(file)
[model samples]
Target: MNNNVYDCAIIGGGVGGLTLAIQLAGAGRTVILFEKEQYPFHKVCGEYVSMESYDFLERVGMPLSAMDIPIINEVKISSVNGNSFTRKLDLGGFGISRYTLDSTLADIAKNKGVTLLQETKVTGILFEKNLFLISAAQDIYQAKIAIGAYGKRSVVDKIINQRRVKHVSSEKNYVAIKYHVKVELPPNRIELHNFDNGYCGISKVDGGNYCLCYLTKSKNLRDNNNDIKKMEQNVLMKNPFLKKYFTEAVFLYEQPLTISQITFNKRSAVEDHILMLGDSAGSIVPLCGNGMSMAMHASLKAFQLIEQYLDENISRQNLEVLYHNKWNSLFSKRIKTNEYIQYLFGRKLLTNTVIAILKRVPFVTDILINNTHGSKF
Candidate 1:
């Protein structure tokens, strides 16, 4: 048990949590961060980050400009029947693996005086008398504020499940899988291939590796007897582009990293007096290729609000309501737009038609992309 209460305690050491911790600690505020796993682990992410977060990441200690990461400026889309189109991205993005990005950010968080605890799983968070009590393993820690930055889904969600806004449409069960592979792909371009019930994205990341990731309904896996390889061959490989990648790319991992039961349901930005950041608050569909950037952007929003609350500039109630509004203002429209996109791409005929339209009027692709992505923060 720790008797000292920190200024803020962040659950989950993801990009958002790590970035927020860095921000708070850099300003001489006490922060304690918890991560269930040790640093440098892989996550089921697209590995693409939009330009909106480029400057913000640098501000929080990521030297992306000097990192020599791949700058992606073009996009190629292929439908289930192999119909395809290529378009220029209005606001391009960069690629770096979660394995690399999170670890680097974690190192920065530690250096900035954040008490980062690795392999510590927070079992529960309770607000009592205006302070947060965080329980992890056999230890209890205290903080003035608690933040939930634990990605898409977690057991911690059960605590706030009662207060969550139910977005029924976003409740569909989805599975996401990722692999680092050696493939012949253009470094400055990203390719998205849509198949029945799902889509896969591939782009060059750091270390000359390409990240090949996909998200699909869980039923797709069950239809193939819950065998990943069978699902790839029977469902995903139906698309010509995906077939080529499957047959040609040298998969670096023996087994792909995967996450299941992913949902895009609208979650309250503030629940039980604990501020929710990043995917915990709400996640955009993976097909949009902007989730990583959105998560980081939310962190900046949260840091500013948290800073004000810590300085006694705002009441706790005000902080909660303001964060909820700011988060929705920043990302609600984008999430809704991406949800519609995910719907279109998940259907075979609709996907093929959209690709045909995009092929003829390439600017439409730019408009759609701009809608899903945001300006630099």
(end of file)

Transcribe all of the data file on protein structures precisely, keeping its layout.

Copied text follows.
[model samples]
Target: MNNNVYDCAIIGGGVGGLTLAIQLAGAGRTVILFEKEQYPFHKVCGEYVSMESYDFLERVGMPLSAMDIPIINEVKISSVNGNSFTRKLDLGGFGISRYTLDSTLADIAKNKGVTLLQETKVTGILFEKNLFLISAAQDIYQAKIAIGAYGKRSVVDKIINQRRVKHVSSEKNYVAIKYHVKVELPPNRIELHNFDNGYCGISKVDGGNYCLCYLTKSKNLRDNNNDIKKMEQNVLMKNPFLKKYFTEAVFLYEQPLTISQITFNKRSAVEDHILMLGDSAGSIVPLCGNGMSMAMHASLKAFQLIEQYLDENISRQNLEVLYHNKWNSLFSKRIKTNEYIQYLFGRKLLTNTVIAILKRVPFVTDILINNTHGSKF
Candidate 1:
């Protein structure tokens, strides 16, 4: 048990949590961060980050400009029947693996005086008398504020499940899988291939590796007897582009990293007096290729609000309501737009038609992309 209460305690050491911790600690505020796993682990992410977060990441200690990461400026889309189109991205993005990005950010968080605890799983968070009590393993820690930055889904969600806004449409069960592979792909371009019930994205990341990731309904896996390889061959490989990648790319991992039961349901930005950041608050569909950037952007929003609350500039109630509004203002429209996109791409005929339209009027692709992505923060 720790008797000292920190200024803020962040659950989950993801990009958002790590970035927020860095921000708070850099300003001489006490922060304690918890991560269930040790640093440098892989996550089921697209590995693409939009330009909106480029400057913000640098501000929080990521030297992306000097990192020599791949700058992606073009996009190629292929439908289930192999119909395809290529378009220029209005606001391009960069690629770096979660394995690399999170670890680097974690190192920065530690250096900035954040008490980062690795392999510590927070079992529960309770607000009592205006302070947060965080329980992890056999230890209890205290903080003035608690933040939930634990990605898409977690057991911690059960605590706030009662207060969550139910977005029924976003409740569909989805599975996401990722692999680092050696493939012949253009470094400055990203390719998205849509198949029945799902889509896969591939782009060059750091270390000359390409990240090949996909998200699909869980039923797709069950239809193939819950065998990943069978699902790839029977469902995903139906698309010509995906077939080529499957047959040609040298998969670096023996087994792909995967996450299941992913949902895009609208979650309250503030629940039980604990501020929710990043995917915990709400996640955009993976097909949009902007989730990583959105998560980081939310962190900046949260840091500013948290800073004000810590300085006694705002009441706790005000902080909660303001964060909820700011988060929705920043990302609600984008999430809704991406949800519609995910719907279109998940259907075979609709996907093929959209690709045909995009092929003829390439600017439409730019408009759609701009809608899903945001300006630099």